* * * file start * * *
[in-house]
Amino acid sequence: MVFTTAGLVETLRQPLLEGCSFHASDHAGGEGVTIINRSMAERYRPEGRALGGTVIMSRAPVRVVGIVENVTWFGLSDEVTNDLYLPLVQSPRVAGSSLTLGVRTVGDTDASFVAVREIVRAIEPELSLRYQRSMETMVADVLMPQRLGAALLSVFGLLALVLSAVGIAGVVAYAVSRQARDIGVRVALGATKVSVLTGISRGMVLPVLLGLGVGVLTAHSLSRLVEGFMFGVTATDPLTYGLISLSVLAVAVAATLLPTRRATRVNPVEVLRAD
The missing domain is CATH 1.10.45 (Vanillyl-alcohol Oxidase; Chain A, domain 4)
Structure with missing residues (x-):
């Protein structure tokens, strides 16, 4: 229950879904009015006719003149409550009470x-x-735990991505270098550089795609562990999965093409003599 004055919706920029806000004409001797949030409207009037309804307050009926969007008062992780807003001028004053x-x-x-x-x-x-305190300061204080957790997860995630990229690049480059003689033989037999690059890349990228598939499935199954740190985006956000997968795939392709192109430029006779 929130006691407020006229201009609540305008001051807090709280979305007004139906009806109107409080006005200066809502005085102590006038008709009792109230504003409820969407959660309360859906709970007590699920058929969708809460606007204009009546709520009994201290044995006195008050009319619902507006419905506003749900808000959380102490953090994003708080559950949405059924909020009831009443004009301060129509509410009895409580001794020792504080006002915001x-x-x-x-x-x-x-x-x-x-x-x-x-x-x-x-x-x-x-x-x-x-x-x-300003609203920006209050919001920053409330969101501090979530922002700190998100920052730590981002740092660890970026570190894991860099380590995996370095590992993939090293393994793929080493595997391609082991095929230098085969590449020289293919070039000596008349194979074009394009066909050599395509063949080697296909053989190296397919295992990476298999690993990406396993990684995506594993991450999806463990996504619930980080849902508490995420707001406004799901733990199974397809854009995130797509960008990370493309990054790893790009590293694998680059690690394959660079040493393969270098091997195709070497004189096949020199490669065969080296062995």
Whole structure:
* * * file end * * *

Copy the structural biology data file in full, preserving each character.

[in-house]
Amino acid sequence: MVFTTAGLVETLRQPLLEGCSFHASDHAGGEGVTIINRSMAERYRPEGRALGGTVIMSRAPVRVVGIVENVTWFGLSDEVTNDLYLPLVQSPRVAGSSLTLGVRTVGDTDASFVAVREIVRAIEPELSLRYQRSMETMVADVLMPQRLGAALLSVFGLLALVLSAVGIAGVVAYAVSRQARDIGVRVALGATKVSVLTGISRGMVLPVLLGLGVGVLTAHSLSRLVEGFMFGVTATDPLTYGLISLSVLAVAVAATLLPTRRATRVNPVEVLRAD
The missing domain is CATH 1.10.45 (Vanillyl-alcohol Oxidase; Chain A, domain 4)
Structure with missing residues (x-):
């Protein structure tokens, strides 16, 4: 229950879904009015006719003149409550009470x-x-735990991505270098550089795609562990999965093409003599 004055919706920029806000004409001797949030409207009037309804307050009926969007008062992780807003001028004053x-x-x-x-x-x-305190300061204080957790997860995630990229690049480059003689033989037999690059890349990228598939499935199954740190985006956000997968795939392709192109430029006779 929130006691407020006229201009609540305008001051807090709280979305007004139906009806109107409080006005200066809502005085102590006038008709009792109230504003409820969407959660309360859906709970007590699920058929969708809460606007204009009546709520009994201290044995006195008050009319619902507006419905506003749900808000959380102490953090994003708080559950949405059924909020009831009443004009301060129509509410009895409580001794020792504080006002915001x-x-x-x-x-x-x-x-x-x-x-x-x-x-x-x-x-x-x-x-x-x-x-x-300003609203920006209050919001920053409330969101501090979530922002700190998100920052730590981002740092660890970026570190894991860099380590995996370095590992993939090293393994793929080493595997391609082991095929230098085969590449020289293919070039000596008349194979074009394009066909050599395509063949080697296909053989190296397919295992990476298999690993990406396993990684995506594993991450999806463990996504619930980080849902508490995420707001406004799901733990199974397809854009995130797509960008990370493309990054790893790009590293694998680059690690394959660079040493393969270098091997195709070497004189096949020199490669065969080296062995």
Whole structure: